IOWA CITY — Some 70 to 80 years ago — in the days of Nile Kinnick, Tennessee Williams and Virgil Hancher — the University of Iowa’s School of Art and Art History began hosting exhibitions and collecting contemporary works, including Max Beckmann’s “Karneval” and the swirling abstraction that is Jackson Pollock’s “Mural.”
The UI opened its first Museum of Art in 1969, expanded it in 1976 and for decades featured and grew its collections until torrential flooding devastated the campus and its exhibition space in 2008.
Staffers and volunteers managed to save most of the artwork — although hundreds of pieces and objects needed treatment in the aftermath. But administrators determined the swamped building couldn’t again house the campus’ famed collections, and they began angling for a safer space.
Unlike other flood damaged UI buildings, however, the old museum — deemed viable for other purposes — didn’t qualify for Federal Emergency Management Agency funds. So while the fragmented UI collection jumped from traveling exhibits to temporary housing in the Iowa Memorial Union or the Figge Art Museum in Davenport, administrators initiated creative pursuits to finance a new museum.
The path forward wasn’t immediately clear. And it has curved along the way — like in 2015, after the UI entered a public-private partnership to construct a new museum on leased property near downtown.
UI’s then-new President Bruce Harreld scrapped the plan and charged his team to come up with a less-expensive option. It did, and in early 2016 the university pitched construction on a UI-owned plot near the Main Library, an idea that quickly won Board of Regents approval.
Aiming to finance half the $50 million effort with private donations, the UI received a big boost in 2017 with a $10 million gift from Dick and Mary Jo Stanley — earning the couple naming rights for the new Stanley Museum of Art.
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The 60,000-square-foot, three-story project celebrated a ceremonial groundbreaking in summer 2019, starting construction that fall with plans to finish in 2022.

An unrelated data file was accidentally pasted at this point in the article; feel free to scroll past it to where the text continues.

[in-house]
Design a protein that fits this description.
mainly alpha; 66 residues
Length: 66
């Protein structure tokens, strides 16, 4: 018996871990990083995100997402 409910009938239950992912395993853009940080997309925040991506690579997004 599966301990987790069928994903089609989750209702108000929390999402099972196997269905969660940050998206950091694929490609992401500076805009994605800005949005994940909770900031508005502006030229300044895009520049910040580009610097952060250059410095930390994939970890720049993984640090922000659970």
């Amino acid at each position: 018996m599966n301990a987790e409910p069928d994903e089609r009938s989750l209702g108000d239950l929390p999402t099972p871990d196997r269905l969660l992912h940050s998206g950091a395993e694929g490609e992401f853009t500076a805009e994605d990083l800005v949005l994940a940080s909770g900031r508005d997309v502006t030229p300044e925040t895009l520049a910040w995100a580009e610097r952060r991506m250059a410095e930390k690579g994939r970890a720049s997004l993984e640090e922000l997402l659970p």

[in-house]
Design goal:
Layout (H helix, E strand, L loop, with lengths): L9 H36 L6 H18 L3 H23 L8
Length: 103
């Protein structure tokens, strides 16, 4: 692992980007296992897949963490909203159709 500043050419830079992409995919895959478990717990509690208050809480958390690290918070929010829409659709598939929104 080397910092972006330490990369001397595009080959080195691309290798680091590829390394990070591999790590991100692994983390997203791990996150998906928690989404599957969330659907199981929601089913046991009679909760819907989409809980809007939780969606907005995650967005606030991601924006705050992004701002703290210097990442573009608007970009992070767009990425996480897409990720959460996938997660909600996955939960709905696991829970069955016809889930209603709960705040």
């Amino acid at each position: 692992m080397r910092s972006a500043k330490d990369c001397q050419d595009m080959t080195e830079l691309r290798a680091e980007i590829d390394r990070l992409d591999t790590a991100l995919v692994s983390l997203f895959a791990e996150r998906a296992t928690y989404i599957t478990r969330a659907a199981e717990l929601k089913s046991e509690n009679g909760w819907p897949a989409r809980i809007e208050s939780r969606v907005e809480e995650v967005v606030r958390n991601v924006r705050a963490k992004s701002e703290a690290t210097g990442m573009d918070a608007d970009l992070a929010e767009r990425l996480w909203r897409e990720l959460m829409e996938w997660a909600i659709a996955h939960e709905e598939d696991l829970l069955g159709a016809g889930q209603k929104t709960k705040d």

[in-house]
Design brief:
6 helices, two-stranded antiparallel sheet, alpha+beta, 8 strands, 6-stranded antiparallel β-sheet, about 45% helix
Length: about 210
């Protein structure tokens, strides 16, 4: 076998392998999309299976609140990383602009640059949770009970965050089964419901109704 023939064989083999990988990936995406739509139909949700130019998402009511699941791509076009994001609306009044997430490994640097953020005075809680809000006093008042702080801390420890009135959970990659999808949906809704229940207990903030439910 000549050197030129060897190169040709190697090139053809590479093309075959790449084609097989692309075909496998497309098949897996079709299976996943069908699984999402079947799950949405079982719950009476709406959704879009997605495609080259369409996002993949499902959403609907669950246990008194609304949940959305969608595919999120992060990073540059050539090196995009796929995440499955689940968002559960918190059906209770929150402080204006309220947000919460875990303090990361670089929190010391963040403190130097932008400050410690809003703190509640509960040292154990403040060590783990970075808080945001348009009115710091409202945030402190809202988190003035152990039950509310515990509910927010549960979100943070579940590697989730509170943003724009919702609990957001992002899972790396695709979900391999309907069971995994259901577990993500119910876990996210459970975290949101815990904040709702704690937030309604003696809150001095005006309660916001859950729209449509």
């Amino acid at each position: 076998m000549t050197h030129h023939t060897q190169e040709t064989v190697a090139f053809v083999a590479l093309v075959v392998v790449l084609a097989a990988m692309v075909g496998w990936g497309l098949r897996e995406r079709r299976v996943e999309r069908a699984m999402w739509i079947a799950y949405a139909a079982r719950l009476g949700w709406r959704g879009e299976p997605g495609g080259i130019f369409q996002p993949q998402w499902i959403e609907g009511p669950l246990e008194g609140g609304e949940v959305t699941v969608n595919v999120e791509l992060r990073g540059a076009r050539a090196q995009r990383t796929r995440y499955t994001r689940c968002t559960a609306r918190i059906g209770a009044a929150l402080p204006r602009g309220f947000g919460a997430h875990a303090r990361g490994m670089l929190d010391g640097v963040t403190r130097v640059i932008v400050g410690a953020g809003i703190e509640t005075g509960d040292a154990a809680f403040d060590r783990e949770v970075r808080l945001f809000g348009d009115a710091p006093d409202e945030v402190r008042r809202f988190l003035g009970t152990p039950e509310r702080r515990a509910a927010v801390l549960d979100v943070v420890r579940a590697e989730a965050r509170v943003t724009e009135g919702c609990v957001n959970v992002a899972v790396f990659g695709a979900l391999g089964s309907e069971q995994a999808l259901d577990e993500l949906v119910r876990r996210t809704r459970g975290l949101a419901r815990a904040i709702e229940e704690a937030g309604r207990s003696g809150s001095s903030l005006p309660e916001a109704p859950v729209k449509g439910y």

Should the museum materialize on time, the achievement will be a long time coming after years of changing costs, locations, construction plans and schedules.
When the Stanley gift was announced, the university had planned to begin construction in 2018 and finish by 2020. Before that, in 2016, the project had been planned to wrap up by 2019 — in time to mark the UI Museum of Art’s 50th anniversary.
But now that debate over the site, size, scope, schedule, cost and funding has subsided, even a historic pandemic hasn’t slowed progress, said UI Art Museum Director Lauren Lessing.
“The construction has gone smoothly, and there have been no significant delays due to COVID,” she told The Gazette. “The building is scheduled to be completed in December 2021, after which it will need to be conditioned, giving construction materials time to off-gas for several months and letting the HVAC system flush the interior before the collection is moved in.”
Because of those special needs, the museum remains slated for public opening in fall 2022.
A webcam documenting live progress on the re-imagined art home overlooking the Iowa River — although sitting outside the 500-year flood plain by 4 feet — shows a buzzing hive of activity.
A recent UI building update reported much of the work is happening inside the now-enclosed building shell — with workers as of December installing 6,500 linear feet of ductwork weighing 70,000 pounds. On tap is installation of drywall and plywood for second-floor galleries.
“The project has passed the 60 percent completion mark,” according to the UI update, noting the finished product will boast 16,500 square feet of exhibition space and 2,200 square feet of outdoor gallery space.
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The building will accommodate all the UI art collection — allowing a sort of homecoming after so many nomadic years. Among the long-awaited returns to campus is Pollock’s “Mural” — which has attracted hundreds of thousands of eyes internationally over its years away from UI.
“It will be on display in one of the second-floor galleries,” an update on the Pollock’s future in Iowa City says.
In the interim, though, collections will remain in their temporary locations — with “Mural” currently at the Guggenheim Museum in New York. And — given COVID-19 — the UI has created several online programs aimed at sustaining connection with a wide range of audiences.
“Many of these … will continue in the new building,” Lessing said, elaborating on “one example of a successful online pivot.”
The UI’s art education program for seniors, Connected for Life, was among a small percentage of applicants to receive a federal CARES Act grant from the Institute of Museum and Library Services to recreate and expand the program online.
“We are particularly proud that we are able to continue serving this important audience that has been so affected by COVID-19,” Lessing said.
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